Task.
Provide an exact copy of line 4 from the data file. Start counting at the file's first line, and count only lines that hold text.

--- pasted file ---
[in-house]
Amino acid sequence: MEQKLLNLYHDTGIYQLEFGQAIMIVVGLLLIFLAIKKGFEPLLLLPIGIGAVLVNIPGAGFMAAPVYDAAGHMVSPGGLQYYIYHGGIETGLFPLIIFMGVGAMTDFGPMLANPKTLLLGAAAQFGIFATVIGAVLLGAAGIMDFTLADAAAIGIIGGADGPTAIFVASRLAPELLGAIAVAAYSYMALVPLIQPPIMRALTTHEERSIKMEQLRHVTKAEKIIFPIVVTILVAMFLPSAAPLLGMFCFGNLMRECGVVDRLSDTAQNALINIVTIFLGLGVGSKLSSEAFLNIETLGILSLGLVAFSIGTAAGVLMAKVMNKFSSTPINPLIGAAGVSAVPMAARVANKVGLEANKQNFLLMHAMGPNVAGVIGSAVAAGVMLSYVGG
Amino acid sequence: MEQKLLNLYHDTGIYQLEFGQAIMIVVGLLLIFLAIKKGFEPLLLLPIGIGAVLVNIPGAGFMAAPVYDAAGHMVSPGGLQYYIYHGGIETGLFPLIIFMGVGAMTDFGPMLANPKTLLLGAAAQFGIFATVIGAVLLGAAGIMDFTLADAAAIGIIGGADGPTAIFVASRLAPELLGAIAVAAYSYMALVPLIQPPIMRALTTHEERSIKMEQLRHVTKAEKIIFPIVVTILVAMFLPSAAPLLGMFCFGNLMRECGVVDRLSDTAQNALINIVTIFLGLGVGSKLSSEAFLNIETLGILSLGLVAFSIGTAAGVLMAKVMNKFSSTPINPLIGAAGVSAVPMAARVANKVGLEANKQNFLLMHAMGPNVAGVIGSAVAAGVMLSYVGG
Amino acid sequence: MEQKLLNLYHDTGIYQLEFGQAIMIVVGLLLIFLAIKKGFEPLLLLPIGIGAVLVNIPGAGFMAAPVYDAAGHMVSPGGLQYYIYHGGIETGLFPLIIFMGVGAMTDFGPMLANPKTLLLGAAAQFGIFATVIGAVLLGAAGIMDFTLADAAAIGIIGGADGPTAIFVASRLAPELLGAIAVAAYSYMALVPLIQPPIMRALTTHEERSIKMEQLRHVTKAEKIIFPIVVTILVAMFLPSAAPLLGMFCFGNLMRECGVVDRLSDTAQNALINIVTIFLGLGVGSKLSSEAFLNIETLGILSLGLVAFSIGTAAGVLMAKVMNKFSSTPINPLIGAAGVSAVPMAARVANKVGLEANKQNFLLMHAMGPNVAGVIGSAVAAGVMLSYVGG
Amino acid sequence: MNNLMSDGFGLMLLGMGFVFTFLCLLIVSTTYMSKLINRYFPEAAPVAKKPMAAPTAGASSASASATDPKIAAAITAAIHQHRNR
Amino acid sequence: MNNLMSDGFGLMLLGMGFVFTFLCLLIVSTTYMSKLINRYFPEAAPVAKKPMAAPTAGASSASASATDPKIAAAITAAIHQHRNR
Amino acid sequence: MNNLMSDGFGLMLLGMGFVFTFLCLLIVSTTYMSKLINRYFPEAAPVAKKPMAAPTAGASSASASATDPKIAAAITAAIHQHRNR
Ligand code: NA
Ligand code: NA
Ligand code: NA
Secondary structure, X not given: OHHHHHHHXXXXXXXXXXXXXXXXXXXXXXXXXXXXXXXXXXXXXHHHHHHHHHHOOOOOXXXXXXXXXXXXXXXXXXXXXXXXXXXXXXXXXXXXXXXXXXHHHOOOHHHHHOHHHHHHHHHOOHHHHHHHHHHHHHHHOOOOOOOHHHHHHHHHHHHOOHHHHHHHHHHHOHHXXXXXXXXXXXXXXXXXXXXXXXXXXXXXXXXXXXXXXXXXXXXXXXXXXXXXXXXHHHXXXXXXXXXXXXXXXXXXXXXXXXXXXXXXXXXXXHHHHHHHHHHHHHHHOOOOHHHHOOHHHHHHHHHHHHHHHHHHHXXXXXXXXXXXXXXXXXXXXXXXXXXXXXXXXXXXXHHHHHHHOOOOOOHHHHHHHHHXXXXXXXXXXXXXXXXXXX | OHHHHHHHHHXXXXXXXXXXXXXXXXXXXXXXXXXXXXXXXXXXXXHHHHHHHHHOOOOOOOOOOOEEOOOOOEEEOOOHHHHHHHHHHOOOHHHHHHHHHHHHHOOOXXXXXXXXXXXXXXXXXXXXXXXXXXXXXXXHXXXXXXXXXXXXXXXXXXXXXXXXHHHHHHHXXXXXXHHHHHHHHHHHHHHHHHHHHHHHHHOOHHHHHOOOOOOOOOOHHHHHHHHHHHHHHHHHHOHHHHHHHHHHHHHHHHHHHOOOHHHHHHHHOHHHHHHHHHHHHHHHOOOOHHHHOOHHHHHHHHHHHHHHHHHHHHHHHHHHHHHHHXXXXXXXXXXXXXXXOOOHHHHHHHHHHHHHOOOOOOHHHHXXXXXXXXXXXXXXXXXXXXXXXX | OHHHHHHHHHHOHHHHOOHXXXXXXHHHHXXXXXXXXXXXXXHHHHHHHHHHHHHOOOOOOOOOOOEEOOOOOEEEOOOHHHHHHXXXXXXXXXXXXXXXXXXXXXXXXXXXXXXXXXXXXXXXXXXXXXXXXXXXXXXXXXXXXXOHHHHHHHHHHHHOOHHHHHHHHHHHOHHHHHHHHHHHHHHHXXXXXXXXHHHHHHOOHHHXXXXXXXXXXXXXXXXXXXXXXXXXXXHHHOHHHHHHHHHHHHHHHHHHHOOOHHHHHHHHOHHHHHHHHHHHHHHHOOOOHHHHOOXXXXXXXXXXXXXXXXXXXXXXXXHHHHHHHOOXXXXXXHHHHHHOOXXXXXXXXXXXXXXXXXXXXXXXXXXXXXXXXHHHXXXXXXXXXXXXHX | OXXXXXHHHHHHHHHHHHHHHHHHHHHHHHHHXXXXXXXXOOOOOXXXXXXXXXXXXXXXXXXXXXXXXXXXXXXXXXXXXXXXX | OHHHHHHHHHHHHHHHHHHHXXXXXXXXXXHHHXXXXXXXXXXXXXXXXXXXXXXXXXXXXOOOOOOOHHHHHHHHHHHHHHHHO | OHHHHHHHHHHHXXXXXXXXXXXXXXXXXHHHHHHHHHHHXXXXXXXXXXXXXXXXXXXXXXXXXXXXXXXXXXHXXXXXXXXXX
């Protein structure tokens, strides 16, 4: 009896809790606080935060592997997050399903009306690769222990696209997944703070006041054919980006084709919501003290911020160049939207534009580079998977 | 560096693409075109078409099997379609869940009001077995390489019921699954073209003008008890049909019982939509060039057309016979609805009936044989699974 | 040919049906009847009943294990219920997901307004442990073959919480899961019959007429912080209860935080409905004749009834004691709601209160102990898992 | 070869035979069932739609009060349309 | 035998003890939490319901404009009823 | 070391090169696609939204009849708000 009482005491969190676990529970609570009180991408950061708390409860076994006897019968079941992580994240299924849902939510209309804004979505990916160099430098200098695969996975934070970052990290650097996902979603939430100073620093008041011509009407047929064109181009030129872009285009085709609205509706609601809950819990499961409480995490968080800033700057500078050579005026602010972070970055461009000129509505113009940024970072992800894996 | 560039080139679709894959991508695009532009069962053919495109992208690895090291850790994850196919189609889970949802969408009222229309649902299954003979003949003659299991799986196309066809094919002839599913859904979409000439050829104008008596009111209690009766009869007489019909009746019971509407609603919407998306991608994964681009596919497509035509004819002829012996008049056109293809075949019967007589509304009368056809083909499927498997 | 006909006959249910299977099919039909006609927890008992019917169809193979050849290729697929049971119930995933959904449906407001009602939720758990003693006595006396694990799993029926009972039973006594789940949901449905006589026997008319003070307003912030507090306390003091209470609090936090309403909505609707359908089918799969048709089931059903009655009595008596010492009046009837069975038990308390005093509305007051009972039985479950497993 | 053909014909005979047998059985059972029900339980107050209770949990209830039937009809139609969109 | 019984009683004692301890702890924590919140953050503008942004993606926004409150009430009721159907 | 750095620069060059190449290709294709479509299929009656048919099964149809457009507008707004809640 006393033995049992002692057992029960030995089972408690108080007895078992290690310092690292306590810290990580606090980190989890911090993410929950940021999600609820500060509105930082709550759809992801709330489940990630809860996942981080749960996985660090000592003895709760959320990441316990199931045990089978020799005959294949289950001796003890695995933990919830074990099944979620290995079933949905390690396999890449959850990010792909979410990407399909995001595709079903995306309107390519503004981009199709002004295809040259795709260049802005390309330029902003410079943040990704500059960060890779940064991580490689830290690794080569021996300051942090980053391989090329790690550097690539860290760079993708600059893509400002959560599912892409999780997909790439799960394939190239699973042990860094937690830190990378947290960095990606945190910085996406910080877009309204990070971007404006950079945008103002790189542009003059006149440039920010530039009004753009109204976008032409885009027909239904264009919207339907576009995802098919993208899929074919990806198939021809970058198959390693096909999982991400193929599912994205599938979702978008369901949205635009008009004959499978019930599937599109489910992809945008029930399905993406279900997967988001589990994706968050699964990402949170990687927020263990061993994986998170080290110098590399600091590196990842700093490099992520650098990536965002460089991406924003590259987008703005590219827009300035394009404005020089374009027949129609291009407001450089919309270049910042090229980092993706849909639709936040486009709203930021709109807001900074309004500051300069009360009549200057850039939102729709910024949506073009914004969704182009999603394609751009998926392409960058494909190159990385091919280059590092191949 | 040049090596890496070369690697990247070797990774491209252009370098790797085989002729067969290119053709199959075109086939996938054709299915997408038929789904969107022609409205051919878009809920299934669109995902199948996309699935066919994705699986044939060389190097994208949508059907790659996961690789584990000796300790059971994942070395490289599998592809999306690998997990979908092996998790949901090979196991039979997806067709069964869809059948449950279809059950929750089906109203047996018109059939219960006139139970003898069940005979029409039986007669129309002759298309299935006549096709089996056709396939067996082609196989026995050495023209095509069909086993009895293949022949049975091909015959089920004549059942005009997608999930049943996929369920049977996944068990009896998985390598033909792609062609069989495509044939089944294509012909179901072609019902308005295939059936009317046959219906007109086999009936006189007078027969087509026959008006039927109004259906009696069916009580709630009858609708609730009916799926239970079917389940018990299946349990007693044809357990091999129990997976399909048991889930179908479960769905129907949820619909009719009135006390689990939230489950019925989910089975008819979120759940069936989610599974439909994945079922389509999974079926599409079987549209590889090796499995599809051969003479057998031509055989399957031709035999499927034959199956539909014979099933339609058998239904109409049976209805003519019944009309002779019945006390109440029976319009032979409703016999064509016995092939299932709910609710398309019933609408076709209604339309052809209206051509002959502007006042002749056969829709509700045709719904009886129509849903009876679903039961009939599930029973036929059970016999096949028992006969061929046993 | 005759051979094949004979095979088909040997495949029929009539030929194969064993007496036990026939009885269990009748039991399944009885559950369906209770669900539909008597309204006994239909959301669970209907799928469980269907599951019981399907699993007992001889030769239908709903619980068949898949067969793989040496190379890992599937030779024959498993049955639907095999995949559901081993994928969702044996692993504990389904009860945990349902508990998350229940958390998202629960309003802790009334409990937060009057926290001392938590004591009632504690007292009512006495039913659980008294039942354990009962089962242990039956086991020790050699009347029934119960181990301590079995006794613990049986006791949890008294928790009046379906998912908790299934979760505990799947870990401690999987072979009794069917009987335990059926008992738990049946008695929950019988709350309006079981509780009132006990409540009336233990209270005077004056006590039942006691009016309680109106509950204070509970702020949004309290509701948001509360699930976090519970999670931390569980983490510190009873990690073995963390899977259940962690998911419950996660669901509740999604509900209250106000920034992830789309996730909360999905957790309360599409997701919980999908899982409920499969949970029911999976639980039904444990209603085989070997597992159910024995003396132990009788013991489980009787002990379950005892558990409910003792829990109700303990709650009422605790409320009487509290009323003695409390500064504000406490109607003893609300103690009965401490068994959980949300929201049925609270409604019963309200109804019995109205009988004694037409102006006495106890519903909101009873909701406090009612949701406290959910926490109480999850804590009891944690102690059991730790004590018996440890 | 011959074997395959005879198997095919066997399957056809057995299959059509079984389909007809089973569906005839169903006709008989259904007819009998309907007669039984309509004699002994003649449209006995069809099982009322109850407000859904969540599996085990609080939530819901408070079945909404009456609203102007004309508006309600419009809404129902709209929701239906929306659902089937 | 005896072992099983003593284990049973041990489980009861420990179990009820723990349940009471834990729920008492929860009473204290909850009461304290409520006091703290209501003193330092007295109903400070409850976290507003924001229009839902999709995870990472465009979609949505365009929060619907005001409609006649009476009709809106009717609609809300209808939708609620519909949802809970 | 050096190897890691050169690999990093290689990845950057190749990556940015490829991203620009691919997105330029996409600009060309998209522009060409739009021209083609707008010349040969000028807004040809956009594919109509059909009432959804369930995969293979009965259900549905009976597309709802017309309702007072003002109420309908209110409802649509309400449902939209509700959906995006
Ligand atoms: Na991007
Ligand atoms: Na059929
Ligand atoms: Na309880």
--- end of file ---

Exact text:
Amino acid sequence: MEQKLLNLYHDTGIYQLEFGQAIMIVVGLLLIFLAIKKGFEPLLLLPIGIGAVLVNIPGAGFMAAPVYDAAGHMVSPGGLQYYIYHGGIETGLFPLIIFMGVGAMTDFGPMLANPKTLLLGAAAQFGIFATVIGAVLLGAAGIMDFTLADAAAIGIIGGADGPTAIFVASRLAPELLGAIAVAAYSYMALVPLIQPPIMRALTTHEERSIKMEQLRHVTKAEKIIFPIVVTILVAMFLPSAAPLLGMFCFGNLMRECGVVDRLSDTAQNALINIVTIFLGLGVGSKLSSEAFLNIETLGILSLGLVAFSIGTAAGVLMAKVMNKFSSTPINPLIGAAGVSAVPMAARVANKVGLEANKQNFLLMHAMGPNVAGVIGSAVAAGVMLSYVGG